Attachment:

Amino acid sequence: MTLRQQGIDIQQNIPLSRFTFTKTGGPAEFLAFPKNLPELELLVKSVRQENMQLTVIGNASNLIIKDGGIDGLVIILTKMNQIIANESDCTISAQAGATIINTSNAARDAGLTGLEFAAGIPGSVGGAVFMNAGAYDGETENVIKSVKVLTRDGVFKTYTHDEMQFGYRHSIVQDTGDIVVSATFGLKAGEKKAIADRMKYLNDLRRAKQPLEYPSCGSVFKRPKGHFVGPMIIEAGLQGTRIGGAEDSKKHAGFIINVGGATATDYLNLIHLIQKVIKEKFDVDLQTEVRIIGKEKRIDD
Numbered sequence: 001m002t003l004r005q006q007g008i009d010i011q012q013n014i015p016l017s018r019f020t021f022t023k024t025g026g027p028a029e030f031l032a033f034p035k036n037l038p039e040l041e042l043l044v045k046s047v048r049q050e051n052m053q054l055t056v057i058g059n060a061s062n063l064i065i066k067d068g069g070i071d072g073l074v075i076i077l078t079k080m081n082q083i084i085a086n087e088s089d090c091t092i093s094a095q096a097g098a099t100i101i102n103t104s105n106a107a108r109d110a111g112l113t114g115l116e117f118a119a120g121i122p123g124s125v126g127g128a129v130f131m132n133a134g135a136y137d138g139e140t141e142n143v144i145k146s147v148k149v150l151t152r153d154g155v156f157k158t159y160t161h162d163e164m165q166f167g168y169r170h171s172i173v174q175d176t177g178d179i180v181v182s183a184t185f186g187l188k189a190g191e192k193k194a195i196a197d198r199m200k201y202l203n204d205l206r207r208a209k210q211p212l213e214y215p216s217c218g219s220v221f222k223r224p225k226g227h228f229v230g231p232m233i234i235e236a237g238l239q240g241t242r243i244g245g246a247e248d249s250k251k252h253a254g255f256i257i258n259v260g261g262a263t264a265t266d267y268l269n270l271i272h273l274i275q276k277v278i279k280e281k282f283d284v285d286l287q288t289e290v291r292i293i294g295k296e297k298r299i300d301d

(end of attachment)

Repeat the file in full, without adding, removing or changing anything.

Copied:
Amino acid sequence: MTLRQQGIDIQQNIPLSRFTFTKTGGPAEFLAFPKNLPELELLVKSVRQENMQLTVIGNASNLIIKDGGIDGLVIILTKMNQIIANESDCTISAQAGATIINTSNAARDAGLTGLEFAAGIPGSVGGAVFMNAGAYDGETENVIKSVKVLTRDGVFKTYTHDEMQFGYRHSIVQDTGDIVVSATFGLKAGEKKAIADRMKYLNDLRRAKQPLEYPSCGSVFKRPKGHFVGPMIIEAGLQGTRIGGAEDSKKHAGFIINVGGATATDYLNLIHLIQKVIKEKFDVDLQTEVRIIGKEKRIDD
Numbered sequence: 001m002t003l004r005q006q007g008i009d010i011q012q013n014i015p016l017s018r019f020t021f022t023k024t025g026g027p028a029e030f031l032a033f034p035k036n037l038p039e040l041e042l043l044v045k046s047v048r049q050e051n052m053q054l055t056v057i058g059n060a061s062n063l064i065i066k067d068g069g070i071d072g073l074v075i076i077l078t079k080m081n082q083i084i085a086n087e088s089d090c091t092i093s094a095q096a097g098a099t100i101i102n103t104s105n106a107a108r109d110a111g112l113t114g115l116e117f118a119a120g121i122p123g124s125v126g127g128a129v130f131m132n133a134g135a136y137d138g139e140t141e142n143v144i145k146s147v148k149v150l151t152r153d154g155v156f157k158t159y160t161h162d163e164m165q166f167g168y169r170h171s172i173v174q175d176t177g178d179i180v181v182s183a184t185f186g187l188k189a190g191e192k193k194a195i196a197d198r199m200k201y202l203n204d205l206r207r208a209k210q211p212l213e214y215p216s217c218g219s220v221f222k223r224p225k226g227h228f229v230g231p232m233i234i235e236a237g238l239q240g241t242r243i244g245g246a247e248d249s250k251k252h253a254g255f256i257i258n259v260g261g262a263t264a265t266d267y268l269n270l271i272h273l274i275q276k277v278i279k280e281k282f283d284v285d286l287q288t289e290v291r292i293i294g295k296e297k298r299i300d301d